1. “The Fourth Amendment is designed more to protect privacy interests than property interests”

        Hmm, my copy of the 4th says “The right of the people to be secure…against unreasonable searches and *seizures*…”

      2. Well, the fourth amendment applies to seizure as well as theft, and and an illegal seizure is necessarily unreasonable.

        And the court found separately that there was no established 14th Amendment SDP right against theft. Now it could be that Jessop lost because he said SDP instead of PDP. If so, that strikes me as weak.

        But here, the cops managed to violate rights expressly protected by two clauses of the Constitution, without even the need for case law, and the court still found that the right was not clearly established.

        1. Yeah, you’re right. The Ninth Circuit was outright wrong. And really, Jessop shouldn’t have lost just because he said substantive due process instead of procedural due process. And since there was likely no state post-deprivation remedy in state court, the PDP claim was probably right (if there were such a remedy, some courts would require that the state court remedy be pursued first, before suing in federal court, see, e.g., McKinney v. Pate).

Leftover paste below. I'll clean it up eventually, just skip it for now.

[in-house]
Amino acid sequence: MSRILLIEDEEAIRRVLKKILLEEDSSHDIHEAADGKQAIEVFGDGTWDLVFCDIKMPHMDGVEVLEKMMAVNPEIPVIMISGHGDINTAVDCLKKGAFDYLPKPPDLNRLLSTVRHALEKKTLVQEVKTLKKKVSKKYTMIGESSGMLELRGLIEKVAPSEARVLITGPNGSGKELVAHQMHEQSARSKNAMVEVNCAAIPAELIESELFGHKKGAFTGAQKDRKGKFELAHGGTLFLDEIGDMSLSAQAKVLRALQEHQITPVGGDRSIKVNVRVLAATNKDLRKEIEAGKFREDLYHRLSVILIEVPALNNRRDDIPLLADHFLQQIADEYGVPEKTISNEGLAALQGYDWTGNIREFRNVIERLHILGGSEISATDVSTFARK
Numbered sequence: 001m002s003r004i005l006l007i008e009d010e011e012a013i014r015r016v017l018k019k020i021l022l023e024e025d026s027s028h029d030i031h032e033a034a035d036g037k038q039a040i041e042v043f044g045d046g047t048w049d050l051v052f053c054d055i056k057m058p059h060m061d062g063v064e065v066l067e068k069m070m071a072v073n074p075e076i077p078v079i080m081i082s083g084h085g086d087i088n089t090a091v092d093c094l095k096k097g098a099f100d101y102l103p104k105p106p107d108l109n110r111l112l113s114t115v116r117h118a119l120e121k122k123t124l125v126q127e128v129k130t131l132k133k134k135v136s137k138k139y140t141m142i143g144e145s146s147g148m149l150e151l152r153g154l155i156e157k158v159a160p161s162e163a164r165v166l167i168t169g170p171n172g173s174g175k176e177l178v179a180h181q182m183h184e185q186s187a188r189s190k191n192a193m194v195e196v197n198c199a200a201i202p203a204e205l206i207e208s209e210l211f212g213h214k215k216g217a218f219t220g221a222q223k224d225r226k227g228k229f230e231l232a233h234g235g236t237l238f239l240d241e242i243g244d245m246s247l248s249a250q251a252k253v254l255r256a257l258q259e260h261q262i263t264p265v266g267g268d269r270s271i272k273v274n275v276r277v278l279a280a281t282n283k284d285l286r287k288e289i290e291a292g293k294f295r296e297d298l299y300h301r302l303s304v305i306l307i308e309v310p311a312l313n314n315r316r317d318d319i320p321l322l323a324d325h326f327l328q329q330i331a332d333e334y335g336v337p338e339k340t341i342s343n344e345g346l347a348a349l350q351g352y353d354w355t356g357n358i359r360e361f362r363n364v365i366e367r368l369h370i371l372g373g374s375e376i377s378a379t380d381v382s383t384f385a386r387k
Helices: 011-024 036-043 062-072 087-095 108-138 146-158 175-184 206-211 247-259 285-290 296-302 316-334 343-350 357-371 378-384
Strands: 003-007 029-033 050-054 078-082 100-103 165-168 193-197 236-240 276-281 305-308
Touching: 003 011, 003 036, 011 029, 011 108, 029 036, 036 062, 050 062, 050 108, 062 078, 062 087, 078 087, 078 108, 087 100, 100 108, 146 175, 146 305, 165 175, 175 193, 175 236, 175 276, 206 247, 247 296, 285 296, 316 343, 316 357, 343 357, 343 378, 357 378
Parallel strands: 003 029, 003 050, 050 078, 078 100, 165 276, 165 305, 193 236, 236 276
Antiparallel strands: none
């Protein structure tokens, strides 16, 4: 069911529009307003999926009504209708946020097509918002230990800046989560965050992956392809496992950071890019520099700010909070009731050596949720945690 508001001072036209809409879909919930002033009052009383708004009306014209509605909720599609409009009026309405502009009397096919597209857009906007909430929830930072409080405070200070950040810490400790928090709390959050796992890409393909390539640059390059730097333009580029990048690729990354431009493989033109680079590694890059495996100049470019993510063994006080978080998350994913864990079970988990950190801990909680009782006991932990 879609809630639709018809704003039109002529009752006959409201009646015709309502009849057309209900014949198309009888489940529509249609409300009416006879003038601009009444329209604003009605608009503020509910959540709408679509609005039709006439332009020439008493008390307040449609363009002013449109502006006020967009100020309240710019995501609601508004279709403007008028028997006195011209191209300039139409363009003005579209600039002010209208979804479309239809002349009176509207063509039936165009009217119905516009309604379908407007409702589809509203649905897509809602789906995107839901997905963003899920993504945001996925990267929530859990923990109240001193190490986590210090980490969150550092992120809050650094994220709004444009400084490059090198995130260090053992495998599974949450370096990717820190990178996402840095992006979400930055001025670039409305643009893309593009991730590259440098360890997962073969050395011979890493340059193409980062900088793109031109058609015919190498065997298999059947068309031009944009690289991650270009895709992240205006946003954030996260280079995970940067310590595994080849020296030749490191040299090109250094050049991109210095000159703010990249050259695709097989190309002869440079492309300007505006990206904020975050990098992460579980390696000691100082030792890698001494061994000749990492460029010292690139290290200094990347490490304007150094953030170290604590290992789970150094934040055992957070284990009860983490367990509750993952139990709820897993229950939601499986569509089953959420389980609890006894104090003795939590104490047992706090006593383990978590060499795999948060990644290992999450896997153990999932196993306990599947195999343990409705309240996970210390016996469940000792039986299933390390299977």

1. And since there was likely no state post-deprivation remedy in state court, the PDP claim was probably right

            What’s your basis for that claim?

        2. Well, the fourth amendment applies to seizure as well as theft, and and an illegal seizure is necessarily unreasonable.

          So what? The seizure was made pursuant to an unquestionably valid warrant, so it wasn’t illegal?

          1. Just stop.

      3. What kind of bizarro world do you have to inhabit for theft to be a reasonable seizure?

        The 4th Amendment is designed to protect against unreasonable searches and seizures. One thing that could make a search unreasonable is that it unduly violates privacy. But quite obviously, a seizure can be rendered unreasonable for reasons other than privacy. To say the 4th Amendment protects privacy does not imply it does not protect other interests as well.

  6. IANAL so was surprised by this

    […] both had friends and family explain that they were willing to post $250,000 bonds as bail, for which they would be jointly and severally liable if defendants left their homes in a nonapproved manner (a likely predicate to engaging in the type of conduct that may harm the community).

    in the Molotov cocktail case.